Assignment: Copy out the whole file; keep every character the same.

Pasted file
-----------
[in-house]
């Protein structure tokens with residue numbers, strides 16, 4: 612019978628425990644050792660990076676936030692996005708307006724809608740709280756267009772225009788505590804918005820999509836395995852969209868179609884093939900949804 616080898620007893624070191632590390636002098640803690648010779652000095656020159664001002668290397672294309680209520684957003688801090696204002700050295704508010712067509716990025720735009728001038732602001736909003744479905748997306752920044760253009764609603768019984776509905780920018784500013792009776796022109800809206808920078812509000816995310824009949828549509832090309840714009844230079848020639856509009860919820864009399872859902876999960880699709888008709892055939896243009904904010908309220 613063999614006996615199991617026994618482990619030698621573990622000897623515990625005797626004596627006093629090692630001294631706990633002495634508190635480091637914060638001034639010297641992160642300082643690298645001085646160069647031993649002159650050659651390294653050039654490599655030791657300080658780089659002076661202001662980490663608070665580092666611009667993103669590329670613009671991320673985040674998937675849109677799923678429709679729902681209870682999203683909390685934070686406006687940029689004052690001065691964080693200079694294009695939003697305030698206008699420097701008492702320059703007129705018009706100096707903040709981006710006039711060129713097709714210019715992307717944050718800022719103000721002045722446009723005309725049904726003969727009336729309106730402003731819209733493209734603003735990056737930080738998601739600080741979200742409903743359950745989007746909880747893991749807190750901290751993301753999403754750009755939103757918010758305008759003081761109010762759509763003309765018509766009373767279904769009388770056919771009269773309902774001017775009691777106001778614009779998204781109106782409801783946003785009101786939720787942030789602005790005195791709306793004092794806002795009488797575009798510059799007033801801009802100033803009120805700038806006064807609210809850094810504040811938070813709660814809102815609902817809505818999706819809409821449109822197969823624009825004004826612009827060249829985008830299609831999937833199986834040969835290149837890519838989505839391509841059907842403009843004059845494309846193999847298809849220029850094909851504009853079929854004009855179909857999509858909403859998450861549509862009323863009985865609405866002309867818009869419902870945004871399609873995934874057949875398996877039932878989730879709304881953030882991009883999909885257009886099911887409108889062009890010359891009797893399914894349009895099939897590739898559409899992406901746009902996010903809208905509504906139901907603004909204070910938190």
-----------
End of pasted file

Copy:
[in-house]
């Protein structure tokens with residue numbers, strides 16, 4: 612019978628425990644050792660990076676936030692996005708307006724809608740709280756267009772225009788505590804918005820999509836395995852969209868179609884093939900949804 616080898620007893624070191632590390636002098640803690648010779652000095656020159664001002668290397672294309680209520684957003688801090696204002700050295704508010712067509716990025720735009728001038732602001736909003744479905748997306752920044760253009764609603768019984776509905780920018784500013792009776796022109800809206808920078812509000816995310824009949828549509832090309840714009844230079848020639856509009860919820864009399872859902876999960880699709888008709892055939896243009904904010908309220 613063999614006996615199991617026994618482990619030698621573990622000897623515990625005797626004596627006093629090692630001294631706990633002495634508190635480091637914060638001034639010297641992160642300082643690298645001085646160069647031993649002159650050659651390294653050039654490599655030791657300080658780089659002076661202001662980490663608070665580092666611009667993103669590329670613009671991320673985040674998937675849109677799923678429709679729902681209870682999203683909390685934070686406006687940029689004052690001065691964080693200079694294009695939003697305030698206008699420097701008492702320059703007129705018009706100096707903040709981006710006039711060129713097709714210019715992307717944050718800022719103000721002045722446009723005309725049904726003969727009336729309106730402003731819209733493209734603003735990056737930080738998601739600080741979200742409903743359950745989007746909880747893991749807190750901290751993301753999403754750009755939103757918010758305008759003081761109010762759509763003309765018509766009373767279904769009388770056919771009269773309902774001017775009691777106001778614009779998204781109106782409801783946003785009101786939720787942030789602005790005195791709306793004092794806002795009488797575009798510059799007033801801009802100033803009120805700038806006064807609210809850094810504040811938070813709660814809102815609902817809505818999706819809409821449109822197969823624009825004004826612009827060249829985008830299609831999937833199986834040969835290149837890519838989505839391509841059907842403009843004059845494309846193999847298809849220029850094909851504009853079929854004009855179909857999509858909403859998450861549509862009323863009985865609405866002309867818009869419902870945004871399609873995934874057949875398996877039932878989730879709304881953030882991009883999909885257009886099911887409108889062009890010359891009797893399914894349009895099939897590739898559409899992406901746009902996010903809208905509504906139901907603004909204070910938190």